Campus-Only Access for Five (5) Years
This study focuses on the members of First Generation, a multiethnic and multinational theatre-based youth-leadership program spearheaded by the organization, The Performance Project, located in Springfield, Massachusetts. According to The Performance Project, First Gen uses theatre to create art that “engages the public in dialog about critical social and cultural issues” (performanceproject.org). Throughout the study, I refer to First Generation as “First Gen” as it is commonly referred to as by its members and affiliates. Members include people between the ages of 15-22 who are largely people of color, including African American, Puerto Rican, Haitian, Nepali, and many African countries. There has been at least one group member who identifies as Caucasian since the group was founded in 2008. The Performance Project describes itself as an “inter-generational, inter-cultural mentoring community” (performanceproject.org). It describes what it means to be “first generation” in the context of this program, to include, but not be limited to, the following:
- The first to grow up in the United States
- The first to graduate from high school
- The first to go to college
- The first to speak English as a first language
- The first to be incarcerated
- The first to NOT be incarcerated
- The first to be drug-free
- The first to be openly LGBTQ
- The first to question your faith
- The first to choose a different faith
- The first to break the silence
- The first to be an artist
The research examines the relationship between participating in First Generation and members’ self-efficacy, self-esteem and self-identity. I examined what it means to participants to be part of this group, while also asking them what they care about in general in order to gain context for the study and a better understanding of their lives. Other questions guiding my inquiry include: How do participants feel their involvement may impact them academically and in terms of goals? What is its impact on participants’ families and others in their communities? How do they perceive of how others identify them before and after their involvement? How does their participation shape their relationships with others, or does it?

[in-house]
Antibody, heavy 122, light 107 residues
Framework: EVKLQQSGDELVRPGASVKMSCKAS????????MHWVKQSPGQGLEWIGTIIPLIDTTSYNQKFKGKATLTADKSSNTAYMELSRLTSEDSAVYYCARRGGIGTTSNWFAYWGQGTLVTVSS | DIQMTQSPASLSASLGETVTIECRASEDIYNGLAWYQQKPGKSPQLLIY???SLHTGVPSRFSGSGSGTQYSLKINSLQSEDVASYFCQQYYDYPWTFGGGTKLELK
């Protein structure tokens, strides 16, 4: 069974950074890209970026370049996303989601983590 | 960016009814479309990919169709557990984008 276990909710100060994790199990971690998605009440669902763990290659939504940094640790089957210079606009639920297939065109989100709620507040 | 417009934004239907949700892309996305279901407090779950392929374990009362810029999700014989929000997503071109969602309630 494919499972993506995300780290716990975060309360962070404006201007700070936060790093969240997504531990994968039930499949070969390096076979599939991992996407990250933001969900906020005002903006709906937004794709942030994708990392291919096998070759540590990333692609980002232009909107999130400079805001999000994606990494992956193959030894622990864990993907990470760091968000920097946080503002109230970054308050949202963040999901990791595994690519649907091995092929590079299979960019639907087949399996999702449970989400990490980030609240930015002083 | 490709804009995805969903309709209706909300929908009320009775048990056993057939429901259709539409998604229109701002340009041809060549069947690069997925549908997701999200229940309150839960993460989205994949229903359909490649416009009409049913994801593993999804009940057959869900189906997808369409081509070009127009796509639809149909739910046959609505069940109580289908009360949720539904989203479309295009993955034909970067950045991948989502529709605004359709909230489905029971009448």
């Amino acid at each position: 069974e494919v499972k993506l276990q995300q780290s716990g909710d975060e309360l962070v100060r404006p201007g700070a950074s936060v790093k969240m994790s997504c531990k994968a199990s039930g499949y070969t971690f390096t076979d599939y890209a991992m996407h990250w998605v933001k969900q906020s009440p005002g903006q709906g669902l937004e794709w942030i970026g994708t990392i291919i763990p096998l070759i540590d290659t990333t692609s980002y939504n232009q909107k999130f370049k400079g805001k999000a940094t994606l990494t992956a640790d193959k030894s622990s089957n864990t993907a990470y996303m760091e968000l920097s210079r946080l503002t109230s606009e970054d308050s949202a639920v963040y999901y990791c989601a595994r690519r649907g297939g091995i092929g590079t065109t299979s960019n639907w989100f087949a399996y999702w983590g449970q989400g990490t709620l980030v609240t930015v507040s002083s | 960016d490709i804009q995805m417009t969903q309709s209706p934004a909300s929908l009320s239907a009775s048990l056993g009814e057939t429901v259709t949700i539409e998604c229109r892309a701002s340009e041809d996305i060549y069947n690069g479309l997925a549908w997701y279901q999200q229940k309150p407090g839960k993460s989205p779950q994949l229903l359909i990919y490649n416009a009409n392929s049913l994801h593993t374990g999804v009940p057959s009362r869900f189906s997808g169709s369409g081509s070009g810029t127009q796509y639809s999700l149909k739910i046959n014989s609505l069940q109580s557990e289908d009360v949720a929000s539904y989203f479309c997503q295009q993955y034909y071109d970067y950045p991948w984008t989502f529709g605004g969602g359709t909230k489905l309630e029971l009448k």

Using a phenomenological approach, I conducted eight open-ended interviews—six with First Generation members, one with a previous intern, and one with the director of The Performance Project and First Generation. I observed First Gen workshops and other events, and reviewed videos and documents provided by the organization, as well as the website and Facebook pages. The theoretical framework to which I analyze the research findings begins with John Dewey’s pragmatist and constructivist views about education and his concepts about the arts. It follows with a review of other ideas and programs related to arts-based learning and concludes by looking at Paulo Freire’s Pedagogy of the Oppressed and Augusto Boal’s Theatre of the Oppressed.
During the course of this study, the youth expressed having gained self-confidence, language skills, a sense of voice, artistic skills, communication and collaboration skills, a better understanding of people of other ethnic groups and nationalities, and above all, a sense of community in a safe space. They also expressed frustrations regarding aspects of the program and events. My observations, review of program documents and website, and interviews with the two participants of the study who are not First Gen members offered further perspectives on the program and its impact on the youth. I recognize positive outcomes associated with participating in this program, while also acknowledging what I perceive to be some concerns. The study concludes by offering suggestions and raising questions as to how this program and other similar youth-leadership programs and/or school programs could be most beneficial to participants, particularly those that serve multicultural groups and/or groups perceived to be oppressed, as this program does.